Today I took my almost-13-year-old daughter to the store to buy a Halloween costume. As much as I like to sew, I've never made a Halloween costume for a couple of reasons. When her older brother was a year old I After made him a leopard costume which cost roughly 70.00 and took me approximately a week to create. After going to Costco and seeing an almost identical costume for about 35.00, I decided I'd buy his costumes from then on. When my daughter was of the age of knowing what she wanted to be for halloween, for several years in a row she picked a different Disney princess, and it was of the utmost importance that the princess look accurate, which reinforced my Costco habit, after all, 35.00 beats 150.00 any day, unless you have a prayer of winning a large cash award in a costume contest.
So today, my daughter and I headed out to a local party store to check out the costume options. We had looked around here before, but nothing motivates her to settle on a choice like a looming deadline. We headed for the store's costume wall, where pictures of their hundreds of options are displayed.
"What are you thinking about getting?" I asked her.
"I was thinking about a peacock…"
Now, I could have made an awesome peacock costume for her, but with only a few days left that was no longer an option.
"Where do you see that?" I spotted one on the wall and pointed to it. "This one? Diva Peacock?" It was not really what I had in mind. Where was the recognizable peacock shape in the feathers?
"No, this one." She pointed to Ravishing Peacock. It definitely looked more peacock-like, but it also looked more Vegas. She said, "I like it, but I would have to wear leggings underneath, and how could I cover up the top a little bit? Could I wear a sweater? They should call this one 'Slutty Peacock,'" We laughed.
"Let's look at our other options"
First, let me establish that she did not like the "Teen" costumes. Some of them were cute, but she wore a bunch of them already in previous years. A whole bunch of them were dorky, and unrecognizable. If you didn't hold a cardboard sign in your hand stating what you were, no one would know. There were many more options in the adult costume section.
But that presented another problem. Every skirt was short. And when I say short, I mean MICROSCOPIC. Many of the tops were low cut or strapless. And what was with the names? It's like they found all their adjectives in a romance novel. She decided she wanted to try on the peacock costume. When wen told the salesgirl, our choice, and she announced, "651, Ravishing Peacock, size S" into her microphone. We had Igloo Cutie as a back-up choice.
We checked out the costume titles on the wall while we waited, and my daughter joked that soon they would be shouting, "ONE SLUTTY PEACOCK COSTUME, COMING RIGHT UP!!" There was Nerdy and Flirty, (Wow, even nerds are flirty here!) Perky Plumber (Mario and Luigi turned female and sexy!) Nurse Juanna B. Sedated kind of scared me - it reminded me of something you might see in a porno/horror movie. What nurse wears an ultra short skirt and high heels and carries a large needle in a threatening way? Sultry Swat Officer was just ridiculous… yes, those swat officers find micro mini skirts and bursting cleavage very practical when they tackle bad guys in the line of duty.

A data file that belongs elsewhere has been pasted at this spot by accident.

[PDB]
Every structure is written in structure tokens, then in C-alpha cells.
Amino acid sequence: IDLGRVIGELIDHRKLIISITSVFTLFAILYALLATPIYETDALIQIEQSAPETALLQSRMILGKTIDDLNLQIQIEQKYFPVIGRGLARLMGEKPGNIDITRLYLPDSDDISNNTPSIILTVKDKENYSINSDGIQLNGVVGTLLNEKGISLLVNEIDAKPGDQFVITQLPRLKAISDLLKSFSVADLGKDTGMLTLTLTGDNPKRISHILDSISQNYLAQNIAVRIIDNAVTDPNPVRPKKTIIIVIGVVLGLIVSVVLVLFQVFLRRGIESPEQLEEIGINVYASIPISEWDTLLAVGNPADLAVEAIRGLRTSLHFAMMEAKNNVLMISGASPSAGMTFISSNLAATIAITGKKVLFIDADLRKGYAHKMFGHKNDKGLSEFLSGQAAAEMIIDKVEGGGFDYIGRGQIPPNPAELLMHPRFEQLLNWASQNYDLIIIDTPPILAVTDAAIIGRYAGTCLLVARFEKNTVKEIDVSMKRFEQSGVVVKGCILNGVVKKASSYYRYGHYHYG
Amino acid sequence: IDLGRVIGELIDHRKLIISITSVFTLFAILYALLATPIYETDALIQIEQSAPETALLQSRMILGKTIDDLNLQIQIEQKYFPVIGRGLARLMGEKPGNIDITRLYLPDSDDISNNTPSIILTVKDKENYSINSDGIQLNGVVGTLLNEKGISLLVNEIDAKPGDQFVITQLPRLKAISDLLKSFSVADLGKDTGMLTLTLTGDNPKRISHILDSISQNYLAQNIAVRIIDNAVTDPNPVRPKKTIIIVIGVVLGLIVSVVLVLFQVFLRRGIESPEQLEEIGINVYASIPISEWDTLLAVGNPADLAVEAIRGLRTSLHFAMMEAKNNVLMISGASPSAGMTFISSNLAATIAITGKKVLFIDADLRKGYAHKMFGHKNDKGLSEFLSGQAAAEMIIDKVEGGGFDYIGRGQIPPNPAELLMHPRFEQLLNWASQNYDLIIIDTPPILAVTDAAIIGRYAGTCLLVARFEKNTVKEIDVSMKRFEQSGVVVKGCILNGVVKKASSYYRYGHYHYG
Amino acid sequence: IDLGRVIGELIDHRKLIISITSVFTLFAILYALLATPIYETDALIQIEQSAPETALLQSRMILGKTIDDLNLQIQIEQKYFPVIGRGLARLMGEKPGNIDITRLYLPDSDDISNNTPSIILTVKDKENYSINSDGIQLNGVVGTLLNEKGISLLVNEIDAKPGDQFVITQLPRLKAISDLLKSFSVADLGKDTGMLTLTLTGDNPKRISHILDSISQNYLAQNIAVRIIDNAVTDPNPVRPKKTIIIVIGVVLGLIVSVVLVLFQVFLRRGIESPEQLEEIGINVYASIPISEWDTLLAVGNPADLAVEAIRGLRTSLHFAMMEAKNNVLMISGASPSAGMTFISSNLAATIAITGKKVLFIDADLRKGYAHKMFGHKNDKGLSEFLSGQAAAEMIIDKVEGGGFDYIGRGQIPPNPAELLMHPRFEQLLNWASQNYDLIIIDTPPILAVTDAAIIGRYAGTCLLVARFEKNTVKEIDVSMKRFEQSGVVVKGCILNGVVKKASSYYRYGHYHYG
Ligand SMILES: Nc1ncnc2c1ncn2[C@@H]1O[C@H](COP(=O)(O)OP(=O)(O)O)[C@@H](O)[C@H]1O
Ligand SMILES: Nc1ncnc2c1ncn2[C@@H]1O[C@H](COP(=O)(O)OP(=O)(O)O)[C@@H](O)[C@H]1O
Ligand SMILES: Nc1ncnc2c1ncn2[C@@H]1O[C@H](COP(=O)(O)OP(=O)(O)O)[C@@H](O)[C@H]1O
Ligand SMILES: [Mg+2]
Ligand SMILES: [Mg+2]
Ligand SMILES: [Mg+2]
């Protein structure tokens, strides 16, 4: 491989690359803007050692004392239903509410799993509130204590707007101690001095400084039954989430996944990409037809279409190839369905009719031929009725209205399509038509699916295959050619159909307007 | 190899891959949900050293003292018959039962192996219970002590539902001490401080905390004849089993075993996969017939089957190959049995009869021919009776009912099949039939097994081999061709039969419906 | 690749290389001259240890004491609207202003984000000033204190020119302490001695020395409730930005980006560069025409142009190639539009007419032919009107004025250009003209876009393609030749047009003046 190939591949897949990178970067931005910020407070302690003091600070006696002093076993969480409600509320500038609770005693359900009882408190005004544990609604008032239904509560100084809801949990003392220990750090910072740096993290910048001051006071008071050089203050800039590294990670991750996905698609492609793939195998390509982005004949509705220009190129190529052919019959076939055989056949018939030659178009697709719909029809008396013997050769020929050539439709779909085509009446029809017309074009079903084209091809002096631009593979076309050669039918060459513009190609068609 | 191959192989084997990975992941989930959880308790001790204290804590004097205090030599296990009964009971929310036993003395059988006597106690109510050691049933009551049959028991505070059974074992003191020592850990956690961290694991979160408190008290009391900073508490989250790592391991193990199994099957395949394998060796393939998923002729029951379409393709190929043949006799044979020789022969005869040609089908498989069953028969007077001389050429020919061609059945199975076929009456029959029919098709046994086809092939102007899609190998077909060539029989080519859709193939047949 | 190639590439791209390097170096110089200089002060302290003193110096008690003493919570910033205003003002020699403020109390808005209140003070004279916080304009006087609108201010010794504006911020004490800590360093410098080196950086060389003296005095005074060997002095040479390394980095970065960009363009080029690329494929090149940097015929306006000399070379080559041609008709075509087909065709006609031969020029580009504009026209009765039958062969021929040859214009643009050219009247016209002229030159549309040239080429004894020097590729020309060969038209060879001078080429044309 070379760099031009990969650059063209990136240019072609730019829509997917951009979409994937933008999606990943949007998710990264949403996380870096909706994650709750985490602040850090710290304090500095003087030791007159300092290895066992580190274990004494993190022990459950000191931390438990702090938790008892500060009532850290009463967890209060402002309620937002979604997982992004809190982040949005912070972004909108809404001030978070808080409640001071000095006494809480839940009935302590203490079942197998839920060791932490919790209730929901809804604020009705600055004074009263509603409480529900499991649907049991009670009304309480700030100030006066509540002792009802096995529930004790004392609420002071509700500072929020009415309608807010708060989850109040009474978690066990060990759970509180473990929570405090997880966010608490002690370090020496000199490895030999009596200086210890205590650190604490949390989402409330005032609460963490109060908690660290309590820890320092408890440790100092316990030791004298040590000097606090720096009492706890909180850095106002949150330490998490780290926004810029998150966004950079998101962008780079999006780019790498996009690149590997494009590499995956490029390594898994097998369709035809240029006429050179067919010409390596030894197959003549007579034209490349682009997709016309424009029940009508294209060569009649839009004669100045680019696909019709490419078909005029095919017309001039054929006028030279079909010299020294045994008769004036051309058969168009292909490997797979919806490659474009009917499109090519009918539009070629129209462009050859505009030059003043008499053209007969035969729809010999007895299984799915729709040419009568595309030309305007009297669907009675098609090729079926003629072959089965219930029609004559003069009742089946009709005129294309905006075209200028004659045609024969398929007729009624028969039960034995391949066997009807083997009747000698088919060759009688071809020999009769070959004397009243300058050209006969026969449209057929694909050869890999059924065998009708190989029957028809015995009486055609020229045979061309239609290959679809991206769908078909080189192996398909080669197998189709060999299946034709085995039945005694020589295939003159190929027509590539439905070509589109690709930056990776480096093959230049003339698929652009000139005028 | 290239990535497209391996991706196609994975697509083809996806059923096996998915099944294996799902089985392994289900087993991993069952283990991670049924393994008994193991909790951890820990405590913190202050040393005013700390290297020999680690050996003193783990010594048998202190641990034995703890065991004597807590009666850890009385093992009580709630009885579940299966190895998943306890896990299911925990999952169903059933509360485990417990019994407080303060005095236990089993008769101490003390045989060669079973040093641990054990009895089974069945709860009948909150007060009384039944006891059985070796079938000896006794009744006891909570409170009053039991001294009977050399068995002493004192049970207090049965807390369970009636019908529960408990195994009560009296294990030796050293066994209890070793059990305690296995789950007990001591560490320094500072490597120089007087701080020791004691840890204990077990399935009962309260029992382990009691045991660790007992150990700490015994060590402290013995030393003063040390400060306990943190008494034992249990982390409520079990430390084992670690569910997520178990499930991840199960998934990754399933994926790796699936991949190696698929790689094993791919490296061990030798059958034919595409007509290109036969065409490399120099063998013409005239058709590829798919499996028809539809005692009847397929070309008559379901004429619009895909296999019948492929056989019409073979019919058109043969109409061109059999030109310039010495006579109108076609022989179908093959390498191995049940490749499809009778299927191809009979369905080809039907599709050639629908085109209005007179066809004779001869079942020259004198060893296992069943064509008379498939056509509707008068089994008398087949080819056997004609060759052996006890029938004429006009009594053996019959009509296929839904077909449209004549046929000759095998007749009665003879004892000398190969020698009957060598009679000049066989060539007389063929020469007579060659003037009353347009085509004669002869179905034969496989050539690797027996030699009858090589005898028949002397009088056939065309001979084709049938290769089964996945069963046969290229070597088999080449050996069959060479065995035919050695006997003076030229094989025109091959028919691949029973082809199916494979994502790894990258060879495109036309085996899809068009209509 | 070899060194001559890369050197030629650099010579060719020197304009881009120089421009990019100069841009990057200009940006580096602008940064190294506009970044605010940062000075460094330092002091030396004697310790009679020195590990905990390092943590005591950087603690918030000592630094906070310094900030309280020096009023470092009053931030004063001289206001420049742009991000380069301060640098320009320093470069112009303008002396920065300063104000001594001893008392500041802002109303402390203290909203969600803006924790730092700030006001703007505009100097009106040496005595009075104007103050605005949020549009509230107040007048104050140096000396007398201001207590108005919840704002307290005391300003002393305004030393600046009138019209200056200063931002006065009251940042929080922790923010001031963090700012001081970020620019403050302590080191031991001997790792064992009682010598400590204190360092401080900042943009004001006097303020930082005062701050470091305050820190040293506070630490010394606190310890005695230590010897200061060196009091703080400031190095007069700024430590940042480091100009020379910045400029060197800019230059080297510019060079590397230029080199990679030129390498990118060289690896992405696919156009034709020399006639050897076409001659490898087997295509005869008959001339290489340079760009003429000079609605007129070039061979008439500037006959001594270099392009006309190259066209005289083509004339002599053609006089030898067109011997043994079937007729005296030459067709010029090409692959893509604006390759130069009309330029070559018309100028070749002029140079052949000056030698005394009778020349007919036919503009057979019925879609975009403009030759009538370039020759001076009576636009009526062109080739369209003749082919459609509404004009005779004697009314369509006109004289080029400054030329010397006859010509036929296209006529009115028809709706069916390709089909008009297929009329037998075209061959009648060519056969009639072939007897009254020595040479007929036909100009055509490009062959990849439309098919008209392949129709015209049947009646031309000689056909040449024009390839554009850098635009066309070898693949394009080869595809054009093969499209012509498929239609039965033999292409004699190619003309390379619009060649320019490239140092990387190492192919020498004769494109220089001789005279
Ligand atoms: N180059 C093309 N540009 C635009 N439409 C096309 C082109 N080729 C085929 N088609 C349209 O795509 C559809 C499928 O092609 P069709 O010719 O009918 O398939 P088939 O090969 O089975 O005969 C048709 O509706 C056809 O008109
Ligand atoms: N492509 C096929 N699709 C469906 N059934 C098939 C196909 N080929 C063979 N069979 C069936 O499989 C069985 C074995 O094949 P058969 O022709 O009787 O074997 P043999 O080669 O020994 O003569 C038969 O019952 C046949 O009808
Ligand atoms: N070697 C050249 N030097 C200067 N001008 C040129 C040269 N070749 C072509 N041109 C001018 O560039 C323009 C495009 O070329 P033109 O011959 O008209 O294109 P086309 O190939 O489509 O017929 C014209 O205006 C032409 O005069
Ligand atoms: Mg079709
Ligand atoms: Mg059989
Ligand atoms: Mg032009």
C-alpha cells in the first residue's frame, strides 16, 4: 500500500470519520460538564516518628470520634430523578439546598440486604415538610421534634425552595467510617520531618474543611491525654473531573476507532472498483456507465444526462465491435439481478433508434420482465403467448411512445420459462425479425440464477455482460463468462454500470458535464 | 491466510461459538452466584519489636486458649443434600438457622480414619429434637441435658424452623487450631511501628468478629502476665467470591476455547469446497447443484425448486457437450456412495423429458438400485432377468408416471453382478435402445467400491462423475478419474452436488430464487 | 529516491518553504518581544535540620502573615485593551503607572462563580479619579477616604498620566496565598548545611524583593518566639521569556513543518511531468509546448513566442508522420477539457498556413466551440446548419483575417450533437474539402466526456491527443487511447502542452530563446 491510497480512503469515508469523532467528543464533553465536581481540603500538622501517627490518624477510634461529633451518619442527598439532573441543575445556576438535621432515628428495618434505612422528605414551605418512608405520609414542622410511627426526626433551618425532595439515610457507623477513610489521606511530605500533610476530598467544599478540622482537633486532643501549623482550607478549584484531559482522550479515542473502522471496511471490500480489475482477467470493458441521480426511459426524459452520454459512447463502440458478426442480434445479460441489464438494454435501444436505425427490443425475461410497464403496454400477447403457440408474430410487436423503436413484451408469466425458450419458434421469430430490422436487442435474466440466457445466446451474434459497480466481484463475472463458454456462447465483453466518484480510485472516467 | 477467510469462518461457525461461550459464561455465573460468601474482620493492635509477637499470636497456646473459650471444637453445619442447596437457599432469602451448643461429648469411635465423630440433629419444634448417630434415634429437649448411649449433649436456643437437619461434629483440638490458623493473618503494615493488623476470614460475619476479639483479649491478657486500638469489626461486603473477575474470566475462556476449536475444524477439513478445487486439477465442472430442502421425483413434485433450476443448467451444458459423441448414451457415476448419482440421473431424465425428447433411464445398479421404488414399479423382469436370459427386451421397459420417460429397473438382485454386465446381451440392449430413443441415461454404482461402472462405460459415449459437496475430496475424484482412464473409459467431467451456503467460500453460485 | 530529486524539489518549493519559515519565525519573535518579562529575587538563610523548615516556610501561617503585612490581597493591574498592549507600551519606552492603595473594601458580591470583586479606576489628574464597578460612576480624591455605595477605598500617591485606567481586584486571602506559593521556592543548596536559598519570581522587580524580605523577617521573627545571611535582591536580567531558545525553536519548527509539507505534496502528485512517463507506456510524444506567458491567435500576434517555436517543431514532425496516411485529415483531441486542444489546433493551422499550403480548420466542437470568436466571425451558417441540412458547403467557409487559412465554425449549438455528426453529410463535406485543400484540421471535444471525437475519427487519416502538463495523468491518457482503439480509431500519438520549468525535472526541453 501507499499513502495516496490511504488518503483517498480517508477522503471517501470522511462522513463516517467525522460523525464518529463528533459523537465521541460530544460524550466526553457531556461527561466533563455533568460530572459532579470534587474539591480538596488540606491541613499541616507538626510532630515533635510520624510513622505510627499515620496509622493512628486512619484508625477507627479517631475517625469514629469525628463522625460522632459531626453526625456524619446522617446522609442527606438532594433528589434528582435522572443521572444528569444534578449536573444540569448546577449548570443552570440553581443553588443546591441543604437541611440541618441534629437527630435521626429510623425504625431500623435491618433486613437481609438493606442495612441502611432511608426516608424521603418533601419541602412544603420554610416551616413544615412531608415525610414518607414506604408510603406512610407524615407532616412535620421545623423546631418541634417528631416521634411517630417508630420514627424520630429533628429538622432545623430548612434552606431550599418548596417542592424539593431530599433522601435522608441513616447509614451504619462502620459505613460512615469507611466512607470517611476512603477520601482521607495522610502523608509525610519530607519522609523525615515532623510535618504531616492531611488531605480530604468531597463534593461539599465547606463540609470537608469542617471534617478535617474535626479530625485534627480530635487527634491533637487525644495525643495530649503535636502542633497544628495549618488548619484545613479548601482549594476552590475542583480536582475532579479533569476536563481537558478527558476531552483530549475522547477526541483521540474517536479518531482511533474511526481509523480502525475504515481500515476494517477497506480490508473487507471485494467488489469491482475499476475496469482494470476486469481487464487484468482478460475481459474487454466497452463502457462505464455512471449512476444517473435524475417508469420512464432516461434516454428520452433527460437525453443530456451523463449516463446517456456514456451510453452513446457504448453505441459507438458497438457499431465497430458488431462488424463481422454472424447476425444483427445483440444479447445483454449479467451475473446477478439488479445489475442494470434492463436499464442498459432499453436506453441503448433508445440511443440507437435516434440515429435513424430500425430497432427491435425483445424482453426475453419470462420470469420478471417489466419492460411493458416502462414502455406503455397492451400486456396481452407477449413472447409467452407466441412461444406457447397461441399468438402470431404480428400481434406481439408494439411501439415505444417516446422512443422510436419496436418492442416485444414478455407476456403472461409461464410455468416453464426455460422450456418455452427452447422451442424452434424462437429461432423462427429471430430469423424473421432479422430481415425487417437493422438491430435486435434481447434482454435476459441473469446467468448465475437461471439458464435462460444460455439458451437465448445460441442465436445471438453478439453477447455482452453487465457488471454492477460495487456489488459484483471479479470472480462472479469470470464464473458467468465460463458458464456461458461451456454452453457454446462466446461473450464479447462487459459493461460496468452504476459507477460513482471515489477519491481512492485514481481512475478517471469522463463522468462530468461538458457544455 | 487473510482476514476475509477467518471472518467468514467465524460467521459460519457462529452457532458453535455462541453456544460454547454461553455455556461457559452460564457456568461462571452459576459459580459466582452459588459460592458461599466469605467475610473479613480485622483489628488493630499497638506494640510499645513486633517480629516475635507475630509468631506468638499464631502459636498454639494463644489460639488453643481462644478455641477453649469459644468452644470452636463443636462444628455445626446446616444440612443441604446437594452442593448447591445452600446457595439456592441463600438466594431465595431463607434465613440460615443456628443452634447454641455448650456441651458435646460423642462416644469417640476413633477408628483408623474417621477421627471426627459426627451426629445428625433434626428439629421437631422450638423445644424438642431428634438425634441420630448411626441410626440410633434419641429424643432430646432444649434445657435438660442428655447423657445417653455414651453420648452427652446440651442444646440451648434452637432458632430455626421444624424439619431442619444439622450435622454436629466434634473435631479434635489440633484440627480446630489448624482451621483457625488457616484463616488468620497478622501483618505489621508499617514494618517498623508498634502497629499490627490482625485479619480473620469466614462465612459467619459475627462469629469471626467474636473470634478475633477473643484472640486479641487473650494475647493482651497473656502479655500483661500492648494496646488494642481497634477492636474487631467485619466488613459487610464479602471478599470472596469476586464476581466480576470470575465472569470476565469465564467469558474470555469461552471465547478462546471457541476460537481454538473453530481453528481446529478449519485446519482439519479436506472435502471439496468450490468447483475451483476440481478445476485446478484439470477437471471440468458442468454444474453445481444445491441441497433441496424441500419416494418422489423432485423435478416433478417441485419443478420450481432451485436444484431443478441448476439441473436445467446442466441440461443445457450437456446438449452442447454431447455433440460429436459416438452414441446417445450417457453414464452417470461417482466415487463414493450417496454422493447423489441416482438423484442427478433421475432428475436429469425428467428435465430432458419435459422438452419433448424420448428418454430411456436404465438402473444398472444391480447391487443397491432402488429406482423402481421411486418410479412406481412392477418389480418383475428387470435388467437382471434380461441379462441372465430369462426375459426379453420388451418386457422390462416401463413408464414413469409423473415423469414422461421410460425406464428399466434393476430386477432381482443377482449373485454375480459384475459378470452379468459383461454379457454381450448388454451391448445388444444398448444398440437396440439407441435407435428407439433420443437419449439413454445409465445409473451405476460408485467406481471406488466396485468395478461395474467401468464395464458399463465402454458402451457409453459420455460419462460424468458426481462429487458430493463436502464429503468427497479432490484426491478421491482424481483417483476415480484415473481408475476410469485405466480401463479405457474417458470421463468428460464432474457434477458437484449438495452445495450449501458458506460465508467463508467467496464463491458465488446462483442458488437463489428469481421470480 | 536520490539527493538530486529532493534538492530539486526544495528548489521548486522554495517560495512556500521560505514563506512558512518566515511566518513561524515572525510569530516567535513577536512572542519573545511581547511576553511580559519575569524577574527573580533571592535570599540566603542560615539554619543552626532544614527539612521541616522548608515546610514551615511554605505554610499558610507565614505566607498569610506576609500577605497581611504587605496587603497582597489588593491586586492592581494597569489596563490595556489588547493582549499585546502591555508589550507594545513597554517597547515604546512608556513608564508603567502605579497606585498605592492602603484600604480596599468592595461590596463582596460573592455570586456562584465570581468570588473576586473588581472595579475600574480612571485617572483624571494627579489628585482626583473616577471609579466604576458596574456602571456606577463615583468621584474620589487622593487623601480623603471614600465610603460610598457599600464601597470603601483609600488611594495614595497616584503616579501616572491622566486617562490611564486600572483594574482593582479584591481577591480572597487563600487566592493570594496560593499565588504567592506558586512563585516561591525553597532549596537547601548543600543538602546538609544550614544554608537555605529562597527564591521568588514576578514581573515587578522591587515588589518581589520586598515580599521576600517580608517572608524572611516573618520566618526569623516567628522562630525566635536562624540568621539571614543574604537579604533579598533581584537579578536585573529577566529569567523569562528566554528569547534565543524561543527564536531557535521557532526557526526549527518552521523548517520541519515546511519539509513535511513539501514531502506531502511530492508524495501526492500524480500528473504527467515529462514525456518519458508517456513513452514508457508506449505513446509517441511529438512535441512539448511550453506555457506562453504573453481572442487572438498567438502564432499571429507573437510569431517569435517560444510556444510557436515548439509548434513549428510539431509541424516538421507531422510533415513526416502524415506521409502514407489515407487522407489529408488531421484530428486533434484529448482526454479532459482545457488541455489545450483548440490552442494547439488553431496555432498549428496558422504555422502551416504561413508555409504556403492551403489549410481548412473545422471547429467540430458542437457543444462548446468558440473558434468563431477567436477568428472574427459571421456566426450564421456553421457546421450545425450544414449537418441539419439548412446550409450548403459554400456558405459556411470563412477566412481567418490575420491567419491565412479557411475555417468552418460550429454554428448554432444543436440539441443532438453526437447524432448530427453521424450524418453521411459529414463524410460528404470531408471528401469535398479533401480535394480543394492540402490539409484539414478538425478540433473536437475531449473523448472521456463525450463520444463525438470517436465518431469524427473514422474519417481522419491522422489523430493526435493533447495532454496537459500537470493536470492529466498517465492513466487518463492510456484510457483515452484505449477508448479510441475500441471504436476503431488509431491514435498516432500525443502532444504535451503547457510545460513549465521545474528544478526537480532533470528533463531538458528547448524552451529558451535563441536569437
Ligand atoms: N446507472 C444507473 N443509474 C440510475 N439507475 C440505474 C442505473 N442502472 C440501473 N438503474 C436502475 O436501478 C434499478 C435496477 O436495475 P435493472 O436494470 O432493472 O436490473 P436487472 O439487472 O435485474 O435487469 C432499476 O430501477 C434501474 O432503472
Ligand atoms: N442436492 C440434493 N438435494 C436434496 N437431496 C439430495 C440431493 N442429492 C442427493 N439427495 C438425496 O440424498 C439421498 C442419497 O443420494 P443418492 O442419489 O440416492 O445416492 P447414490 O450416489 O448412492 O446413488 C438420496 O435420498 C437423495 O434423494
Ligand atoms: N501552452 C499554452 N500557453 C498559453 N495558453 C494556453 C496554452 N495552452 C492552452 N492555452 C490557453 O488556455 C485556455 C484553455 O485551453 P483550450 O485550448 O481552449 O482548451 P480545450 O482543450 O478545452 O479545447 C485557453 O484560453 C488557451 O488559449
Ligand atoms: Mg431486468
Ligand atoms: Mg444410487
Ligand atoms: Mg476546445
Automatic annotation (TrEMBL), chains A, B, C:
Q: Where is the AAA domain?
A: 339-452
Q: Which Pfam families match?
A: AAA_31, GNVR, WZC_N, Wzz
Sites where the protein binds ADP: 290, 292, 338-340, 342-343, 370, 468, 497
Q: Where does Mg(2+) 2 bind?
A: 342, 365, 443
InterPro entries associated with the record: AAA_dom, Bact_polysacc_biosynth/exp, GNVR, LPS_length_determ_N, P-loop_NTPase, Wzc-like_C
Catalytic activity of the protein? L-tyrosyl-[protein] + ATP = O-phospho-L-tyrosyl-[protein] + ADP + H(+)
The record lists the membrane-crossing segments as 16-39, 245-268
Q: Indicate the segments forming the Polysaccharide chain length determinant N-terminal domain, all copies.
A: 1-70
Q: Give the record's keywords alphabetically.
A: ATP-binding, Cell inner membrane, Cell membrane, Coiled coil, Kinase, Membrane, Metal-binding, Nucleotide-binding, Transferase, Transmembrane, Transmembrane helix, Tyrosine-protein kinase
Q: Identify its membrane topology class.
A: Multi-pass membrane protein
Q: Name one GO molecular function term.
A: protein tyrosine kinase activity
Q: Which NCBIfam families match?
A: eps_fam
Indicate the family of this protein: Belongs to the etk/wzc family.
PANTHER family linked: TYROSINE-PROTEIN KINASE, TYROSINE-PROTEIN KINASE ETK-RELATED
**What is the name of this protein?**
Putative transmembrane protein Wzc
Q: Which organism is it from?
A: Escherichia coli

Finally, the Ravishing Peacock arrived. She tried it on.
"What do you think?" I shouted through the dressing room door.
"I don't like it," she said. It was too low cut, (required too much cleavage) too thin, in her opinion, and all squished from being in the package. She settled on a pair of black feathered angel wings, a black tutu (with lights in it!) and a black feathered mask. "Like the angel of death?" her dad asked when she got home. "Yeah, I guess so," she said. She will be wearing her own leggings and her own shirt. We still managed to spend 60 something dollars, but we have remained age-appriopriate.
Navigating parenthood one day at a time...
Sunday, October 26, 2014
Tuesday, October 14, 2014
Unless this is your first time reading this blog and you never look at post dates, you probably realize I'm in a post drought. I found out at the end of this past school year that I was being transferred to another building in September. I felt a bit like my work-world tipped onto its side and stayed there. It's not terrible, the people are nice enough and I still have a job, which is what really counts, but you never realize how much you depend on your work friends until you no longer have them around every day.
I've offered to help my friend troubleshoot ideas for costumes for the play she's doing, and I also somehow volunteered to help out with the next play at my daughter's former school. I'll be honest, I was going to volunteer anyway, but it seems I had signed up before I was sure what I was signing up for. Not complaining - it's nice to be appreciated. Work has not started on either play, however.
In the mean time, my husband alternates between complaining and being extremely tolerant of my "art shit" (I like to call it, "craft crap") around the house. There must be a lesson in here, somewhere, I'm just not sure what it is.
So I go about my business, adjusting to a new school year, my new work digs, and an undefined blog focus, and I try to finish projects I start, which is a new rule for me. Keep going, even when you hate it. I'm getting better at that. Sometimes I even like the result, even though it's not what I thought it would look like.
Hummm… maybe that's the lesson I was looking for in this.